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Chap 12 human resource management management by robbins & coulter 9 e
Chap 12 human resource management management by robbins & coulter 9 e
Chap 12 human resource management management by robbins & coulter 9 e
Chap 12 human resource management management by robbins & coulter 9 e
Chap 12 human resource management management by robbins & coulter 9 e
Chap 12 human resource management management by robbins & coulter 9 e
Chap 12 human resource management management by robbins & coulter 9 e
Chap 12 human resource management management by robbins & coulter 9 e
Chap 12 human resource management management by robbins & coulter 9 e
Chap 12 human resource management management by robbins & coulter 9 e
Chap 12 human resource management management by robbins & coulter 9 e
Chap 12 human resource management management by robbins & coulter 9 e
Chap 12 human resource management management by robbins & coulter 9 e
Chap 12 human resource management management by robbins & coulter 9 e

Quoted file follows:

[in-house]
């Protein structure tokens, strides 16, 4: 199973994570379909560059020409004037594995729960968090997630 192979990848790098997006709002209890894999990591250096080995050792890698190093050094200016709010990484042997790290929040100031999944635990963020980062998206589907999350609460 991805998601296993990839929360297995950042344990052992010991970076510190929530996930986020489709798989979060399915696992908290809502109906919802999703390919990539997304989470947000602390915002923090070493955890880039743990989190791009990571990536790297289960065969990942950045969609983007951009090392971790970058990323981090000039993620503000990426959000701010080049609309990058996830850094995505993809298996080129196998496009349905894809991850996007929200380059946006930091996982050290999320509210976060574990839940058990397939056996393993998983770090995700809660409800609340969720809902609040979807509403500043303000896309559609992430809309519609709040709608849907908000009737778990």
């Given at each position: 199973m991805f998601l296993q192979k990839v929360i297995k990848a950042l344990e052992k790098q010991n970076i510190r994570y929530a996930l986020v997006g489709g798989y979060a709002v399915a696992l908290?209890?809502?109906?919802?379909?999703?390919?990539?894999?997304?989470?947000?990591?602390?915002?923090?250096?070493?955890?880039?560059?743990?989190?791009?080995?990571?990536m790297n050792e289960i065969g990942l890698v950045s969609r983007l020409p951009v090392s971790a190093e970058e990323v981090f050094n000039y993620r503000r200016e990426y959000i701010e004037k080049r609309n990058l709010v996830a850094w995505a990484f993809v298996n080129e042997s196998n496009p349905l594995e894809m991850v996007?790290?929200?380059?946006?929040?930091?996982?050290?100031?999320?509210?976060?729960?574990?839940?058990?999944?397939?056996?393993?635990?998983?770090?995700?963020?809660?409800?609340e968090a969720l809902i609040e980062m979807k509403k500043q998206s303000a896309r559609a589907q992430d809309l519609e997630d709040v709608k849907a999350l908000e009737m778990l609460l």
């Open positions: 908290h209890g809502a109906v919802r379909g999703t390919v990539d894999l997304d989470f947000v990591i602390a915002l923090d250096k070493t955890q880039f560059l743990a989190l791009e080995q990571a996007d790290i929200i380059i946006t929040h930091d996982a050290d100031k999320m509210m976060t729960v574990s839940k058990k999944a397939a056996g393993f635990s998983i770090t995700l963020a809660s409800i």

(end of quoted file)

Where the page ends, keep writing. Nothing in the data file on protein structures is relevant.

Chap 12 human resource management management by robbins & coulter 9 e
Chap 12 human resource management management by robbins & coulter 9 e
Chap 12 human resource management management by robbins & coulter 9 e
Chap 12 human resource management management by robbins & coulter 9 e
Chap 12 human resource management management by robbins & coulter 9 e
Chap 12 human resource management management by robbins & coulter 9 e
Chap 12 human resource management management by robbins & coulter 9 e
Chap 12 human resource management management by robbins & coulter 9 e
Chap 12 human resource management management by robbins & coulter 9 e
Chap 12 human resource management management by robbins & coulter 9 e